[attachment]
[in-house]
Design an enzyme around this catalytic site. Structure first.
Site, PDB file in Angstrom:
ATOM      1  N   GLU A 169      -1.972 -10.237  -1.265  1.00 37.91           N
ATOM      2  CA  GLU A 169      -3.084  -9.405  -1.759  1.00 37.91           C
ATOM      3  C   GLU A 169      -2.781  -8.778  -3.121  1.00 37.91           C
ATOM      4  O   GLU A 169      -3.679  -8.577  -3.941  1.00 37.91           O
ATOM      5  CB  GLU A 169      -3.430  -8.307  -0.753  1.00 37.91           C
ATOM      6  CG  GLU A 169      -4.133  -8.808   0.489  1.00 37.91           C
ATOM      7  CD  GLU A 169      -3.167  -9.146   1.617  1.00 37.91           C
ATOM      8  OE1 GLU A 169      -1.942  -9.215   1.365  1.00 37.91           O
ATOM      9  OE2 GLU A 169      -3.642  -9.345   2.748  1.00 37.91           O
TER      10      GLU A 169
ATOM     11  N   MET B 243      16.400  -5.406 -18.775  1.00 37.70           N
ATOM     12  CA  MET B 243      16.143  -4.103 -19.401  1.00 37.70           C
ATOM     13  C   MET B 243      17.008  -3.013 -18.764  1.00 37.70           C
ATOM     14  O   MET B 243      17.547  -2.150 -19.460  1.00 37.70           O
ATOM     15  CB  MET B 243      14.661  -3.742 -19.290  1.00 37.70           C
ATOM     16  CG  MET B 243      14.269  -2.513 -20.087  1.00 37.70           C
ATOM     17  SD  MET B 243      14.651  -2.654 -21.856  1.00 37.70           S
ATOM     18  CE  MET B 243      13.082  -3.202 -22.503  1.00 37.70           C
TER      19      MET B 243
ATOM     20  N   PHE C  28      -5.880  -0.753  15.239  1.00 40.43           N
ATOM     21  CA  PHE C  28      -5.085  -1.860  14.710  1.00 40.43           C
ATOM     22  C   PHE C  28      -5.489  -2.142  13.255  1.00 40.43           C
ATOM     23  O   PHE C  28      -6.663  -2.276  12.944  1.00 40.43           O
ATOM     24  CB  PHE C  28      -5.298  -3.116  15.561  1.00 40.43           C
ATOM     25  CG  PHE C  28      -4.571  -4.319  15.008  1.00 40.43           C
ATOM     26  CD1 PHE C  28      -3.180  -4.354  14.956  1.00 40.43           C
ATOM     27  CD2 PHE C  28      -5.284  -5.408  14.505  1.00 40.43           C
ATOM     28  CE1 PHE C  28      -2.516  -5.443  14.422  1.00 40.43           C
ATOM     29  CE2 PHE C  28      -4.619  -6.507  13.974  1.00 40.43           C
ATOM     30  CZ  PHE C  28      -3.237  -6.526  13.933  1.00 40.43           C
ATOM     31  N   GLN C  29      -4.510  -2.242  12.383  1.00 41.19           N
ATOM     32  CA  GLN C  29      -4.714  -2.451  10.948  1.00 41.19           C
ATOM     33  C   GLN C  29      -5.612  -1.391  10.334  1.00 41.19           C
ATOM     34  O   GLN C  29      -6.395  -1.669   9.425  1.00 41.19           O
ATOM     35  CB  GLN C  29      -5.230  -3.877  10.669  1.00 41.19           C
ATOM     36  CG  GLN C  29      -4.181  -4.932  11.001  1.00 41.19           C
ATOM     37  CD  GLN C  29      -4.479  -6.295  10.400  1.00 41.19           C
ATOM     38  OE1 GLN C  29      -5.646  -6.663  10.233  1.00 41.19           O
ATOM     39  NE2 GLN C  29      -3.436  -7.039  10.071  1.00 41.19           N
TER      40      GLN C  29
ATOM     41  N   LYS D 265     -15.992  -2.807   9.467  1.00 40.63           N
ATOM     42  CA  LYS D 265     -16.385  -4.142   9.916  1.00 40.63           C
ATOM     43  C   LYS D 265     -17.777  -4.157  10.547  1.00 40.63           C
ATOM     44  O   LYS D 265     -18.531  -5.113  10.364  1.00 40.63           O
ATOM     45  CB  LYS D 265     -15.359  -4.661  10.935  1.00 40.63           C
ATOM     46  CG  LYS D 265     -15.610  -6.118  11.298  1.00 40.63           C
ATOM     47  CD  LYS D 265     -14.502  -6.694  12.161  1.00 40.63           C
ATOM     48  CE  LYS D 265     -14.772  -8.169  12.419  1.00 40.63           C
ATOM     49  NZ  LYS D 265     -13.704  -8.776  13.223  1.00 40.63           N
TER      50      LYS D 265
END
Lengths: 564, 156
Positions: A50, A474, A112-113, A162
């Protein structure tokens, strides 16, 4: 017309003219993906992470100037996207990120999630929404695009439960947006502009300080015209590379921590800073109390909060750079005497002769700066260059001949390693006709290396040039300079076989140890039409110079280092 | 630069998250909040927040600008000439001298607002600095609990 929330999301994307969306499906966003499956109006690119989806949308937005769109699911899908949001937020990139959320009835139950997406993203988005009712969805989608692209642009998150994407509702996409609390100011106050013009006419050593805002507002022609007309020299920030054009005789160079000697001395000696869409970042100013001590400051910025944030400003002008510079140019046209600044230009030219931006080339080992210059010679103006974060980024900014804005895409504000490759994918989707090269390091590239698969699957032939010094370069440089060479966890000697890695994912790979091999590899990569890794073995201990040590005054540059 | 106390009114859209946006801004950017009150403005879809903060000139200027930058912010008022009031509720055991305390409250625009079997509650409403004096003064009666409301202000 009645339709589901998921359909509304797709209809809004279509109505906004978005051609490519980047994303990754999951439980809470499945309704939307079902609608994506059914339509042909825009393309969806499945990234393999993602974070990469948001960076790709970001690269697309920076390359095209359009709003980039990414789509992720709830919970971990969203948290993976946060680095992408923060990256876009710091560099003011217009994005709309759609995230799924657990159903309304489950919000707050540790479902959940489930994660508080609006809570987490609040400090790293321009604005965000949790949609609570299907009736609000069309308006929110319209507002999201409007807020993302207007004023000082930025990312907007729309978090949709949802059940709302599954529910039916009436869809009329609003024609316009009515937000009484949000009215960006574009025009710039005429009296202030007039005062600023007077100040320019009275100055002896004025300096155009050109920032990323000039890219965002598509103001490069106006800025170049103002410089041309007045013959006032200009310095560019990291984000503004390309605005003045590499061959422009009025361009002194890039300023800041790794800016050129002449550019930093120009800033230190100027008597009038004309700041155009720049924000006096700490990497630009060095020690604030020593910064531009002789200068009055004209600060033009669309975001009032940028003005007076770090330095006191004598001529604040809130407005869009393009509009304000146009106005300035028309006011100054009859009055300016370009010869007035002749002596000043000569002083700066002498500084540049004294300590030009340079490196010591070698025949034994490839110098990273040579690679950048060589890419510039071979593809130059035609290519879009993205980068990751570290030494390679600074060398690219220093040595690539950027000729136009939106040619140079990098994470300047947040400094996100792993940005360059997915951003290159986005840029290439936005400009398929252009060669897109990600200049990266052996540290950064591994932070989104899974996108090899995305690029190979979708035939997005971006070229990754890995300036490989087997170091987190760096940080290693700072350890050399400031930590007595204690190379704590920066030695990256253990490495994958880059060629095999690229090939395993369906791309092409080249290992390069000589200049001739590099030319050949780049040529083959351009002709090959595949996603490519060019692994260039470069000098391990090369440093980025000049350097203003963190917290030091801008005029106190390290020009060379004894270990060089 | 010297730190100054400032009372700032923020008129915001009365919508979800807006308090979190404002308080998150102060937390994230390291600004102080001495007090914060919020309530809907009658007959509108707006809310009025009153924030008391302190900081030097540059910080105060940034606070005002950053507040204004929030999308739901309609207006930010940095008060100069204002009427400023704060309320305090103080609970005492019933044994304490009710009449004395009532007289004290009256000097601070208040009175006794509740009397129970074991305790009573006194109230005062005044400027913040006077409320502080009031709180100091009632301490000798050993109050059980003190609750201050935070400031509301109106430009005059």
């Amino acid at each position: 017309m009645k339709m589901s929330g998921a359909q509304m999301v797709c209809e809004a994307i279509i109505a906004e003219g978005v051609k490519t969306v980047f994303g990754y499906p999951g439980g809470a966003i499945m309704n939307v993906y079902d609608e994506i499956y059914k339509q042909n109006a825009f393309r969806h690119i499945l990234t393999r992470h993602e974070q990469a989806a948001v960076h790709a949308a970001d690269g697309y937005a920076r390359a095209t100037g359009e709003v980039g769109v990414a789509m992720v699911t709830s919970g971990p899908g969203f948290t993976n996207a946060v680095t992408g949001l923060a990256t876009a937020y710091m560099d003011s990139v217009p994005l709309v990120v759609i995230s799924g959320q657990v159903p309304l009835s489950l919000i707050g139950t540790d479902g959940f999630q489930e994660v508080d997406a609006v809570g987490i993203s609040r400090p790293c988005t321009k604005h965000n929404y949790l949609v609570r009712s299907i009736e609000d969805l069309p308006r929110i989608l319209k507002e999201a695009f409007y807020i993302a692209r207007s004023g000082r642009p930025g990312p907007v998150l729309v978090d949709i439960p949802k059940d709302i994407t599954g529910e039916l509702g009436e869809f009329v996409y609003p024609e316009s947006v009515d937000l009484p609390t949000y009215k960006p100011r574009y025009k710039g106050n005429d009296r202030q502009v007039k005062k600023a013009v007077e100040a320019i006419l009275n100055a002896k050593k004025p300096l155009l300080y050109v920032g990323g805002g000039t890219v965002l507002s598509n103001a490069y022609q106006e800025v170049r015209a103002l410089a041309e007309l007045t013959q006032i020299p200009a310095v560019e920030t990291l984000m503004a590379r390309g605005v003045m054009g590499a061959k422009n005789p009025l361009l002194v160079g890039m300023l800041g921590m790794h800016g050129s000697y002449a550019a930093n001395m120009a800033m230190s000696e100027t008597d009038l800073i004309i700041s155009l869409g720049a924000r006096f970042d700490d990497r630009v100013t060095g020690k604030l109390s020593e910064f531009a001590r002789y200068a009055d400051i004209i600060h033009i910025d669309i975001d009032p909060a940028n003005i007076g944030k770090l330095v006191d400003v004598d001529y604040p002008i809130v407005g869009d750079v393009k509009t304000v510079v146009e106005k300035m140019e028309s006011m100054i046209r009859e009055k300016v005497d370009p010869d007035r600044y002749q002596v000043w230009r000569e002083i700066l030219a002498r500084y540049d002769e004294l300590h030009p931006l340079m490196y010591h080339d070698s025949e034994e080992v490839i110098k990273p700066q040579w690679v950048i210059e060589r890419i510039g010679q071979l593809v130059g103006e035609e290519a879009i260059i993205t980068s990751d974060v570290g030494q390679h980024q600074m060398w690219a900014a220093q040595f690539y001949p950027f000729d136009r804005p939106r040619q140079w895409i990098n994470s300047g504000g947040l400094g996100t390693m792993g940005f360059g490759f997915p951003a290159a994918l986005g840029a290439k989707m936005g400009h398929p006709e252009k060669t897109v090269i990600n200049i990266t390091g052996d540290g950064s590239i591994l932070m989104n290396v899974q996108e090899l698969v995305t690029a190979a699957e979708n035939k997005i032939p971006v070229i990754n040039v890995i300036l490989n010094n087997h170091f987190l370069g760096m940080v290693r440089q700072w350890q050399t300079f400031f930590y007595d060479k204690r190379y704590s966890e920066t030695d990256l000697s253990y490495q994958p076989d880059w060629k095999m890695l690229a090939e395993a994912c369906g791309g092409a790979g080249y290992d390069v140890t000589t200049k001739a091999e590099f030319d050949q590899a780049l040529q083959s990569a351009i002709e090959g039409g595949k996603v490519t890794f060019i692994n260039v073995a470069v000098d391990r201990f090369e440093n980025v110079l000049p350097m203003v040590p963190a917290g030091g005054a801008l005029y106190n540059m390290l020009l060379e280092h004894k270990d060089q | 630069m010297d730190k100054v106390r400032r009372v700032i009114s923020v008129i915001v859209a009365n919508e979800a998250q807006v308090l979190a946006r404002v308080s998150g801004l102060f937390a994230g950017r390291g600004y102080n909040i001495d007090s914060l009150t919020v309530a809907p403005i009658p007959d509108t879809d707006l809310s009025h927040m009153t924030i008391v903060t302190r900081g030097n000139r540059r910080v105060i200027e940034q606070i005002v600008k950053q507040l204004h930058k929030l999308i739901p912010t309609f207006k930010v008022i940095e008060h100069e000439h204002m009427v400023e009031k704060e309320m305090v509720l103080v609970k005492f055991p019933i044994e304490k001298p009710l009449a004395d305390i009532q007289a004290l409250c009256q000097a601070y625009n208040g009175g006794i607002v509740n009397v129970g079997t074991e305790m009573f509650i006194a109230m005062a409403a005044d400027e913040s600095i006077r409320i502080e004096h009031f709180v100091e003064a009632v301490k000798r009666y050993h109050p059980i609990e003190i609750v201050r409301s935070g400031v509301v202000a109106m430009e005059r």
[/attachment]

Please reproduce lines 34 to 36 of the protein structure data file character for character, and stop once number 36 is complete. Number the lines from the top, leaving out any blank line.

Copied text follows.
ATOM     31  N   GLN C  29      -4.510  -2.242  12.383  1.00 41.19           N
ATOM     32  CA  GLN C  29      -4.714  -2.451  10.948  1.00 41.19           C
ATOM     33  C   GLN C  29      -5.612  -1.391  10.334  1.00 41.19           C